Shannon Beston, a third-year Ph.D. student in biology at the University of Texas at Arlington, was selected to receive funds from the National Science Foundation's Doctoral Dissertation Improvement Grants program to further her research into how brains and eyes evolved in response to predation.
The award will fund Beston's dissertation project, titled "The evolution of complexity: tests of the ecological drivers of eye size and brain size evolution in nature", which examines the evolution of complex traits in natural populations. Specifically, the work addresses how eyes and brains among populations of killifish, Rivulus hartii, found in the waters of the Caribbean off the island of Trinidad.
"Understanding how complex traits have evolved is a long-standing goal in evolutionary biology and the complex structure of the eye is frequently presented as an example of evolution that challenges the understanding of evolution by natural selection," Beston said.
While eye size varies extensively across species, there are very few studies that have evaluated how eyes evolve within a single species, she explained. Increases in eye size are associated with improved vision. As a result, shifts in eye size are likely connected, and potentially driven, by a variety of ecological factors, such as foraging, avoiding predators, and identifying mates. Rivulus are found in fish communities on the island that vary in predation intensity, ranging from sites where they are preyed upon by large fish to sites where they are the only species present.
"My most recent work, and the basis of the research I have proposed in the DDIG, has shown that increases in predation are associated with genetically based decreases in eye size," Beston said. "This work provides a clear link between an ecological driver of eye size evolution, but it does not establish causation. We still do not know why predators appear to select for a smaller eye size in Rivulus."
Beston hopes that the research she has proposed in the DDIG will begin to provide answers that establish a causal link between predators and prey eye size, rather than just a correlational relationship. The work she proposed involves a series of mark-recapture experiments where individual Rivulus specimens can be tracked both from populations with predators and without predators to look at how eye size correlates with variables like survival and growth rate.
"I also plan to complete perturbation experiments in the lab and in nature," she said. "These approaches will evaluate how natural selection is operating on eye size and will also allow us to experimentally test the influence of predators on eye size in Rivulus."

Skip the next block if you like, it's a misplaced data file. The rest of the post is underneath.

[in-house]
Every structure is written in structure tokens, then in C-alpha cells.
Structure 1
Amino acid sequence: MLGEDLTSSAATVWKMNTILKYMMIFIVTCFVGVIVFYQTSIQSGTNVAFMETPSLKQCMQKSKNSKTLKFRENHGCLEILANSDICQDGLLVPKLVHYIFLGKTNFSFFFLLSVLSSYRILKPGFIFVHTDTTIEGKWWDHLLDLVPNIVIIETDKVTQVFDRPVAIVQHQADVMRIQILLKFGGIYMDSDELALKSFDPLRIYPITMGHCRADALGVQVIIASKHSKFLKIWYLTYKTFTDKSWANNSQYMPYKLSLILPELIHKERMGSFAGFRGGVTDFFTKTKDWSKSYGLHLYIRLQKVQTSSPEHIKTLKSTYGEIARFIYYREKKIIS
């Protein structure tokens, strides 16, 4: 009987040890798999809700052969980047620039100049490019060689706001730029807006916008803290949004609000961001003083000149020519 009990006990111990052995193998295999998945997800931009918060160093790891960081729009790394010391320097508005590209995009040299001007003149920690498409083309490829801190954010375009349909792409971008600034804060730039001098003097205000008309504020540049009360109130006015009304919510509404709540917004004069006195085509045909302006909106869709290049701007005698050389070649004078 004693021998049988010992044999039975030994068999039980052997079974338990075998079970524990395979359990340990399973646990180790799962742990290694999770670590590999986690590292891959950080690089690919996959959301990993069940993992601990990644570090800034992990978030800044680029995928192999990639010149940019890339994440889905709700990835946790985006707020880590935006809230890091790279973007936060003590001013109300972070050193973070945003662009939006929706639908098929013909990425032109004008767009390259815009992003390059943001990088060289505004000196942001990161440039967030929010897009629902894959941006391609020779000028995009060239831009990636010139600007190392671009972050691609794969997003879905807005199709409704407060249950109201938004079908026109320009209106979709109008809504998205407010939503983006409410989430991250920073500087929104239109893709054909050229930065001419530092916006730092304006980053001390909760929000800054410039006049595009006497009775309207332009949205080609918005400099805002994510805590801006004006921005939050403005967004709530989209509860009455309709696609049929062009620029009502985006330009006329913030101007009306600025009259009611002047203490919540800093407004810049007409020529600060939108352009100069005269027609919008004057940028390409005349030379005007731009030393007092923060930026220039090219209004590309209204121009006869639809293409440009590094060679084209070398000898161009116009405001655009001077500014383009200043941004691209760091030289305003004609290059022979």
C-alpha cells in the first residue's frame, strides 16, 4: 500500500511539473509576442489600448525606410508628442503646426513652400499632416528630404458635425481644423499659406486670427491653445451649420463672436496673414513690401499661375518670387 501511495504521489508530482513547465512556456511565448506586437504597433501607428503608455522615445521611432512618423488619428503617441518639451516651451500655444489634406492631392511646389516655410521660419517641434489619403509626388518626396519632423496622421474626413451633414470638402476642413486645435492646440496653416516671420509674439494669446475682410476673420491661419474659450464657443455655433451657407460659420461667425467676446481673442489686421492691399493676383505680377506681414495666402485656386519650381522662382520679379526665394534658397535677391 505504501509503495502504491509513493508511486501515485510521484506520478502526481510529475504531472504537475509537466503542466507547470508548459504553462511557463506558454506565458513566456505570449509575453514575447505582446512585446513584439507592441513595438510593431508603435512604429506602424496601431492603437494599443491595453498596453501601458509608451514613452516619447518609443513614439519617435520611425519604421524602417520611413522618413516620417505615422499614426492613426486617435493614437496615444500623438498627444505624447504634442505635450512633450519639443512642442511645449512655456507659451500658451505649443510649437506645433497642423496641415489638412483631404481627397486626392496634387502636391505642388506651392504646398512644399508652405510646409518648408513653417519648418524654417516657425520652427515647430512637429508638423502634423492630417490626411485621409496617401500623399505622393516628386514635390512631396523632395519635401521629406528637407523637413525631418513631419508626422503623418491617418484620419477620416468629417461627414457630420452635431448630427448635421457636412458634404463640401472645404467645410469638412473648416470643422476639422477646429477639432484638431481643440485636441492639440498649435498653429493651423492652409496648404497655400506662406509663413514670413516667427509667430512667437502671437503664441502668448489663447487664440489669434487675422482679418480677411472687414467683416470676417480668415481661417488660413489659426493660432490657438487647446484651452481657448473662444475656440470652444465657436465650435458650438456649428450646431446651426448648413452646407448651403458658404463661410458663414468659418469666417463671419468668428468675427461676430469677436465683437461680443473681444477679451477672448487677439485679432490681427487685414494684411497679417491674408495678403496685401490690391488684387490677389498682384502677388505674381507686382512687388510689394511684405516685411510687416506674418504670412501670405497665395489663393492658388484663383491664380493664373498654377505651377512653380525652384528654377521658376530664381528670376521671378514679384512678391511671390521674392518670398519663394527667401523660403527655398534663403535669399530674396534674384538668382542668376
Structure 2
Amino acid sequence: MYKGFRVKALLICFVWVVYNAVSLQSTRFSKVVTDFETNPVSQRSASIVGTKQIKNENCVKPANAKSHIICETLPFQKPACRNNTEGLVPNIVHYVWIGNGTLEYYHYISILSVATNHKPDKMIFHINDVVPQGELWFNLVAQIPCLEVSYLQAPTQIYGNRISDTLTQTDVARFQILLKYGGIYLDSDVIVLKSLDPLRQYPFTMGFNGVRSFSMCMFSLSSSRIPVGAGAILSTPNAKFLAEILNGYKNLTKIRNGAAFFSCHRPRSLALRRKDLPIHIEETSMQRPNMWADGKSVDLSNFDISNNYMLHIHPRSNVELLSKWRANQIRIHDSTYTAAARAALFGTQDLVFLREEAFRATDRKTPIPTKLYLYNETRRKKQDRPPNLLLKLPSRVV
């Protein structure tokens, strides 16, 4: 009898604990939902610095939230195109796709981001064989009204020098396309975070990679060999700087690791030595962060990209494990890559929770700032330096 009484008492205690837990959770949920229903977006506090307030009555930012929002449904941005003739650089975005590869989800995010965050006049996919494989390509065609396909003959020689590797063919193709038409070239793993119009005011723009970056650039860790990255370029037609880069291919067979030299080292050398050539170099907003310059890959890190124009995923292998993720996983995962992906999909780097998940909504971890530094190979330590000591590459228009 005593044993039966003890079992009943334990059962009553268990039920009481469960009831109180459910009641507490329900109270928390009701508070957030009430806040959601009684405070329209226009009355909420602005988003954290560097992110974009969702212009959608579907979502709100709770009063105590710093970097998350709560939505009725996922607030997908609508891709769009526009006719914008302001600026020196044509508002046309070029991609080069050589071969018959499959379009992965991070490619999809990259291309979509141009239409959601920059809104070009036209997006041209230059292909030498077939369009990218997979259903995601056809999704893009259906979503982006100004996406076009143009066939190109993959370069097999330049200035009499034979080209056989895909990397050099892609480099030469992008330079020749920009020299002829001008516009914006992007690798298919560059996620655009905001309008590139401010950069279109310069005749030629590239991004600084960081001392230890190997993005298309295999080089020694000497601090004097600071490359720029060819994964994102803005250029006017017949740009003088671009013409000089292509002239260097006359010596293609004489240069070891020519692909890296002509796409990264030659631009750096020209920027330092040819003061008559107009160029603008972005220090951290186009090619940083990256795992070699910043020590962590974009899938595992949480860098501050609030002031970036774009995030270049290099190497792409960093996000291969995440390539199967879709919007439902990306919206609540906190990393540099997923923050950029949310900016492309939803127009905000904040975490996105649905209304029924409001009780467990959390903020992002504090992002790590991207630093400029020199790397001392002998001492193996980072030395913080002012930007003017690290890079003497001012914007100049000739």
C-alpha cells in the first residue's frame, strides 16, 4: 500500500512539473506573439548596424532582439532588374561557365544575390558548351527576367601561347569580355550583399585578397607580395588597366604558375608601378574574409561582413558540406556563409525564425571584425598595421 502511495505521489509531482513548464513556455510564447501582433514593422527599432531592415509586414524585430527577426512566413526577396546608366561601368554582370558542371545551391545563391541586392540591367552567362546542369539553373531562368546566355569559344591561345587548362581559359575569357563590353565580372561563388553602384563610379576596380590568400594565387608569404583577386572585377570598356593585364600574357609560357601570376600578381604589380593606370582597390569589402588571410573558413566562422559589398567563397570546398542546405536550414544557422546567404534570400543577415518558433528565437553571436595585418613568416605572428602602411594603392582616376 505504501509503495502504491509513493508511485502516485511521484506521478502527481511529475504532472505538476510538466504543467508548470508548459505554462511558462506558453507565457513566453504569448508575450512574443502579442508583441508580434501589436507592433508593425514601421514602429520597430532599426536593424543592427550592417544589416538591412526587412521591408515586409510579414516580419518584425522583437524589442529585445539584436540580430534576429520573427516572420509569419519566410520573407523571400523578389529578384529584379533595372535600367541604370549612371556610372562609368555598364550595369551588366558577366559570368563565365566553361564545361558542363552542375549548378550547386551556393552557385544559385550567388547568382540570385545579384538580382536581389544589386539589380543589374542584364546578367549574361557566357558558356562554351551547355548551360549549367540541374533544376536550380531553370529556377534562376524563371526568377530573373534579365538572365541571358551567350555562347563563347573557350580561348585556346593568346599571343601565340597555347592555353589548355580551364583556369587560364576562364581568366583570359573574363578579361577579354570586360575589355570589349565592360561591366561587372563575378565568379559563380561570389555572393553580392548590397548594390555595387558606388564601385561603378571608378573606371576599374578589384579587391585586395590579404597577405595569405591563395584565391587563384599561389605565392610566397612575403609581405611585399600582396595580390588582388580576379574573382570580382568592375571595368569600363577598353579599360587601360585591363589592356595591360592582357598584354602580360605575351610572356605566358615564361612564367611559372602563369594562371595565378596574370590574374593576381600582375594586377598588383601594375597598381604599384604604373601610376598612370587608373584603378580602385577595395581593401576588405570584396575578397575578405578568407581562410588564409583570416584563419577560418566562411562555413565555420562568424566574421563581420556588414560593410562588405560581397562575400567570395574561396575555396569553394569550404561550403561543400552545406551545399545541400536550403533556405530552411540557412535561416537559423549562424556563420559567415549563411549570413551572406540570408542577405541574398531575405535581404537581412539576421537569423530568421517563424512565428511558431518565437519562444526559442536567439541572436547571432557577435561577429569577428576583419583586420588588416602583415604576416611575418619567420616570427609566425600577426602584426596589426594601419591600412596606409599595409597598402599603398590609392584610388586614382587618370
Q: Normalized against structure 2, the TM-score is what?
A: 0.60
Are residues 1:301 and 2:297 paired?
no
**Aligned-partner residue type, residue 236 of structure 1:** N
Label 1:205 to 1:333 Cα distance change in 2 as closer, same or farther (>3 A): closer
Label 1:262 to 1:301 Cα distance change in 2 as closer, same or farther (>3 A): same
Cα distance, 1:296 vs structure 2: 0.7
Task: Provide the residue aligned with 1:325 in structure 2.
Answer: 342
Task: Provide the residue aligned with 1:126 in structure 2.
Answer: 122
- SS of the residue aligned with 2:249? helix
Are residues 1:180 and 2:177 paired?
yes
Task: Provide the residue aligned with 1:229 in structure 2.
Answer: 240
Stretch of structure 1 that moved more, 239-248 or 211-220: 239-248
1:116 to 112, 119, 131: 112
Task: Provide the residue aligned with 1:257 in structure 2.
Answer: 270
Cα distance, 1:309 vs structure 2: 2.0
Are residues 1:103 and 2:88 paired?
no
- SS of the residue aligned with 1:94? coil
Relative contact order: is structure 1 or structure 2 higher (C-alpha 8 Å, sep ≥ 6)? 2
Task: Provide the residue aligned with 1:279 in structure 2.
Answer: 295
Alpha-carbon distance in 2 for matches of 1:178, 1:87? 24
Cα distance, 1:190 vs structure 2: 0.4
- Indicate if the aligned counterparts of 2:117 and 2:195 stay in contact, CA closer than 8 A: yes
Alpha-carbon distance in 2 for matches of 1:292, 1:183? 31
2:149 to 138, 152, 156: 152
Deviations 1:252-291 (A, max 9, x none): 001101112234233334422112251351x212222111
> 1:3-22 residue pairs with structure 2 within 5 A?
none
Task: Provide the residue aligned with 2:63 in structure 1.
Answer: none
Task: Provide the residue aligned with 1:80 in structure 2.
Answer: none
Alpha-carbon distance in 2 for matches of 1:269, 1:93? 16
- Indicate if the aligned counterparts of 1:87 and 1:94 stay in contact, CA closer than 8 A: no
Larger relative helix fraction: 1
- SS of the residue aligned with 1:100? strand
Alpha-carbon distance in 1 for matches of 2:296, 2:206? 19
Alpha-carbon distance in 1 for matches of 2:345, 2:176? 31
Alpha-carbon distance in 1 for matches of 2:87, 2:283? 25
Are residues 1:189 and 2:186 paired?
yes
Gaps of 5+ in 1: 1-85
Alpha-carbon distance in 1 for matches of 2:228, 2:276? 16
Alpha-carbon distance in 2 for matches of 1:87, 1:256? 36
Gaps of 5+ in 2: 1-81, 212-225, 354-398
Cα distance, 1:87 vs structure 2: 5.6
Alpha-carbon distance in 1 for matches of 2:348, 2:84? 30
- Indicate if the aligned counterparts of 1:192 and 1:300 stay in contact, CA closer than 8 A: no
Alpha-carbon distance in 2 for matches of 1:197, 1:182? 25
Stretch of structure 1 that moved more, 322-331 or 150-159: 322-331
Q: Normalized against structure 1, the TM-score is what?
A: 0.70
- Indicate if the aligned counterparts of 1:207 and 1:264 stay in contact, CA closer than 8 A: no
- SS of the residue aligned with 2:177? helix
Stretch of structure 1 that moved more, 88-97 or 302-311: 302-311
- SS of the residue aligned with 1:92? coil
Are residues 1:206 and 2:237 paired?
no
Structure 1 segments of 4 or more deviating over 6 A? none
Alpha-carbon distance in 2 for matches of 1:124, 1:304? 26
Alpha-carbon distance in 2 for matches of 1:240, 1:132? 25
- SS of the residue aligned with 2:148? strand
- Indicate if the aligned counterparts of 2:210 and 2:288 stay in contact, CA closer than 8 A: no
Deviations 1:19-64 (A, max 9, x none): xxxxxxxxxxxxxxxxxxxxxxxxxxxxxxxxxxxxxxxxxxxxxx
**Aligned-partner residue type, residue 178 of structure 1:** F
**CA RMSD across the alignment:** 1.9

Matthew Walsh, UTA assistant professor of biology, said the funding will allow Beston to perform "ambitious, manipulative experiments in nature that have the potential to provide novel insights into how the vertebrate eye evolves."
"Shannon has shown tremendous growth as a Ph.D. student at UTA and is always willing to go the extra mile in the field and lab," Walsh said. "Her selection as a recipient of an NSF grant reflects the success she has achieved to date as well as the strong potential for continued success thereafter."
Beston plans to return to Trinidad to collect more specimens in August and December, as well as making several return trips in 2018, which will be paid for by her DDIG award.
About The University of Texas at Arlington
The University of Texas at Arlington is a Carnegie Research-1 "highest research activity" institution. With a projected global enrollment of close to 57,000, UTA is one of the largest institutions in the state of Texas. Guided by its Strategic Plan 2020 Bold Solutions|Global Impact, UTA fosters interdisciplinary research and education within four broad themes: health and the human condition, sustainable urban communities, global environmental impact, and data-driven discovery. UTA was recently cited by U.S. News & World Report as having the second lowest average student debt among U.S. universities. U.S. News & World Report lists UTA as having the fifth highest undergraduate diversity index among national universities. The University is a Hispanic-Serving Institution and is ranked as the top four-year college in Texas for veterans on Military Times' 2017 Best for Vets list.
Story Source: Materials provided by Scienmag